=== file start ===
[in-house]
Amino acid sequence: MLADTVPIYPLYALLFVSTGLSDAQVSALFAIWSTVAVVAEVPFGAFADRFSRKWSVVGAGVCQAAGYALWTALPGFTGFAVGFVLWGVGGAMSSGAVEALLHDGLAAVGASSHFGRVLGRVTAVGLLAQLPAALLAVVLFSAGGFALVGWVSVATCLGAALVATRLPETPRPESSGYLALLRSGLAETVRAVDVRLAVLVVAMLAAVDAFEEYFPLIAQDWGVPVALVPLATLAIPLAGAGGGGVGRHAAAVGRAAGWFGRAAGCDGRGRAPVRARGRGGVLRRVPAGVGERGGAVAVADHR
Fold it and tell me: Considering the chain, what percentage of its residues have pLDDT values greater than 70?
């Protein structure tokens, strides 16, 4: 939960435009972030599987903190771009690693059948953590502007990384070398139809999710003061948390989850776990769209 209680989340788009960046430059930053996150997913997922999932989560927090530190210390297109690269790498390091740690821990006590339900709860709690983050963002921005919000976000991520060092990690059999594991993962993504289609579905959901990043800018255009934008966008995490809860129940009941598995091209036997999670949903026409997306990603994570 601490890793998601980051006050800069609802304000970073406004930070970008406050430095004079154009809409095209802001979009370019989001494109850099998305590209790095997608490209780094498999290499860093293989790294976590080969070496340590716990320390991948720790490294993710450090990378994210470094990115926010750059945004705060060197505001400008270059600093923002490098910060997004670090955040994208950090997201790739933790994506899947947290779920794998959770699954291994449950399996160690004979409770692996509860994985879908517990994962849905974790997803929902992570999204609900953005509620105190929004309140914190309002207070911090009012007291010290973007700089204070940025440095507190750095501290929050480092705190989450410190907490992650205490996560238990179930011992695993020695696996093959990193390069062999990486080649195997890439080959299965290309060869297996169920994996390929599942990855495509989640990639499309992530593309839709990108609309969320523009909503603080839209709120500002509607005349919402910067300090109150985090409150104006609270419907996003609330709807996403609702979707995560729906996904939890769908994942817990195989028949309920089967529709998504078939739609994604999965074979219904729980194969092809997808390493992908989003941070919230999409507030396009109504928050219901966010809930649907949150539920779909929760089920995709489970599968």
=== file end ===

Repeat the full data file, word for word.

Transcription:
[in-house]
Amino acid sequence: MLADTVPIYPLYALLFVSTGLSDAQVSALFAIWSTVAVVAEVPFGAFADRFSRKWSVVGAGVCQAAGYALWTALPGFTGFAVGFVLWGVGGAMSSGAVEALLHDGLAAVGASSHFGRVLGRVTAVGLLAQLPAALLAVVLFSAGGFALVGWVSVATCLGAALVATRLPETPRPESSGYLALLRSGLAETVRAVDVRLAVLVVAMLAAVDAFEEYFPLIAQDWGVPVALVPLATLAIPLAGAGGGGVGRHAAAVGRAAGWFGRAAGCDGRGRAPVRARGRGGVLRRVPAGVGERGGAVAVADHR
Fold it and tell me: Considering the chain, what percentage of its residues have pLDDT values greater than 70?
């Protein structure tokens, strides 16, 4: 939960435009972030599987903190771009690693059948953590502007990384070398139809999710003061948390989850776990769209 209680989340788009960046430059930053996150997913997922999932989560927090530190210390297109690269790498390091740690821990006590339900709860709690983050963002921005919000976000991520060092990690059999594991993962993504289609579905959901990043800018255009934008966008995490809860129940009941598995091209036997999670949903026409997306990603994570 601490890793998601980051006050800069609802304000970073406004930070970008406050430095004079154009809409095209802001979009370019989001494109850099998305590209790095997608490209780094498999290499860093293989790294976590080969070496340590716990320390991948720790490294993710450090990378994210470094990115926010750059945004705060060197505001400008270059600093923002490098910060997004670090955040994208950090997201790739933790994506899947947290779920794998959770699954291994449950399996160690004979409770692996509860994985879908517990994962849905974790997803929902992570999204609900953005509620105190929004309140914190309002207070911090009012007291010290973007700089204070940025440095507190750095501290929050480092705190989450410190907490992650205490996560238990179930011992695993020695696996093959990193390069062999990486080649195997890439080959299965290309060869297996169920994996390929599942990855495509989640990639499309992530593309839709990108609309969320523009909503603080839209709120500002509607005349919402910067300090109150985090409150104006609270419907996003609330709807996403609702979707995560729906996904939890769908994942817990195989028949309920089967529709998504078939739609994604999965074979219904729980194969092809997808390493992908989003941070919230999409507030396009109504928050219901966010809930649907949150539920779909929760089920995709489970599968």